Artists are good at Place du Tertre. The same can’t be said about the cafés and restaurants around it. Make sure to avoid them!

Mur des Je T'Aime
The romantic Mur des Je T’Aime

Go to the Mur des Je T’Aime

The Wall of I Love Yous is made of 600 tiles and covers a surface of around 40 square meters. Put together by artists artists Frédéric Baron and Claire Kito it displays how to say I love you in 250 languages. It’s for the romantic couples, really. But also for the single ones who have not lost hope yet. 

La Maison Rose
La Maison Rose screams Montmartre

Snap a photo of La Maison Rose

This is one of the most charming (and photographed) corners of Montmartre. La Maison Rose has been operating for more than a century and it’s the place where artists such as Picasso would eat. Nowadays, it is not exactly a cheap place to eat so I don’t really recommend it. But I must say it is a lovely place to see so make sure to stop by.

Montmartre carousel
Photo by Kieran Taylor on Unsplash

And of Montmartre Carousel

If you like traditional carousels as much as I do, you will love the one in Montmartre. Depending on which angle you look at it and photograph it, the Sacré-Coeur will be in the photo. So take your time!

Les Petits Mitrons
One of the most famous patisseries in Montmartre

Stuff your face at Les Petits Mitrons

If you are looking for a place to eat, head straight to Les Petits Mitrons. A local institution, it’s been run by the same family for more than 30 years. This pastry shop serves sweet and savory pies. The salmon and leek quiche is delicious. You can’t eat in, so have your food wrapped and find yourself a sunny spot for a picnic. 

Look for the windmills

Montmartre lays in an area that was once outside of Paris and that used to be farmland covered in windmills. Not many of them remain, but those that are still up are quite a sight. Make sure to go to Rue Lepic for the Moulin de la Galette. The street is packed with lovely quaint shops, so once you are done chasing windmills you can continue your walk in search of more mundane finds.

Le Petit Moulin
Le Petit Moulin is a local institution

Try traditional French cuisine at Le Petit Moulin Montmartre

If you are in search of traditional French food, one of the things to do in Montmartre is eating at Le Petit Moulin Montmartre. This French Bistro and wine bar is located near the old center of Montmartre. You will find a selection of cheeses to die for and a fabulous wine list. Honestly, I wouldn’t even go for a full meal if I could just stuff my face with cheese!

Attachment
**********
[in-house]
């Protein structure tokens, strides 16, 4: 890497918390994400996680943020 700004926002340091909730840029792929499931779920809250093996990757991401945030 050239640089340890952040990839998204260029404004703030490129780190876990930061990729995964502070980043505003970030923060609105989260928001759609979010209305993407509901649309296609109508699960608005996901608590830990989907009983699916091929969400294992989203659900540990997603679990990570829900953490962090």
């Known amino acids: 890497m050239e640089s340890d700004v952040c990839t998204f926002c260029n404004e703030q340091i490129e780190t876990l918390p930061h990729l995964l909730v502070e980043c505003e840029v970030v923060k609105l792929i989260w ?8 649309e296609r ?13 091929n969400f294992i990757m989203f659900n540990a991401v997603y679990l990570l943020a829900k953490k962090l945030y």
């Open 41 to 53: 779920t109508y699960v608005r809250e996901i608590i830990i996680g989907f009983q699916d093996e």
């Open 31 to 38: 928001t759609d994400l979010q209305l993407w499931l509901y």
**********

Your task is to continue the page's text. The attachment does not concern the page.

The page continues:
Photo by Jeff Frenette on Unsplash

Go for a ride on the Funiculaire de Montmartre

If you don’t fancy walking all the way uphill to Sacré-Coeur Basilica, you can use your metro ticket to jump on the funicular: it’s one of the most fun things to do in Montmartre. It’s been there since 1900! You can get off at the Parvis du Sacré-Coeur from where you can easily reach the Basilica. 

Go shopping

Shopping is one of the best things to do in Montmartre. The cobbled alleys and lovely streets are a series of lovely boutiques and shops where you can find pretty much anything you want – clothing, shoes and accessories; food of all sorts, wine and other drinks; jewelry and art. It’s just an issue of budget, really. But the good news is that looking is free!

Moulin Rouge
The Moulin Rouge

Attend a show at Moulin Rouge

Moulin Rouge isn’t exactly in Montmartre. It’s located in Pigalle, right outside the metro station you need to get off to reach Montmartre. To be fair, it has now become a tourist attraction more than anything else, but you may still want to attend a show if you have enough time. You can book it here – mind you, it is not cheap.

Visit the Musée de la Vie Romantique

One of the most romantic things to do in Montmartre is visiting this small museum located in what used to be the home of George Sand, famous French writer. It’s filled with romantic artworks. There’s also a nice tearoom you can relax in during the good season.

things to do in Montmartre
A lovely corner of Montmartre, Paris

Practical Tips For Your Visit To Montmartre

How to get to Montmartre

The best way to reach Montmartre from other parts of Paris is by metro. Take line 2 to Anvers station (where you can catch the funicular to the Basilica); and line 12 to Abbesses. From there, you will have to walk up the hill to reach the main attractions such as Place du Tertre and Sacré-Coeur Basilica.  

Alternatively, you can also take the metro to Blanche which is right outside the Moulin Rouge and walk from there – it’s an easy, pleasant walk.

You can also use your hop-on-hop-off bus pass to reach Montmartre – just make sure to pick the Montmartre route. You can get your hop-on-hop-off bus ticket here.

Where to stay in Montmartre

There is a fair selection of good places to stay in Montmartre. I have picked the best ones for you:

Mind the scams and the pickpockets

Such a touristy part of Paris is obviously plagued with touts and pickpockets, so be careful when walking around. Make sure to keep your important belongings in a safe pocket in a bag that you can zip up and close properly. 

Check out my post How To Avoid The Most Common Scams In Paris.

Further Readings

Check out my other posts about Paris and France to better plan your trip:

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Discover the things to do in Montmartre Paris - via @clautavani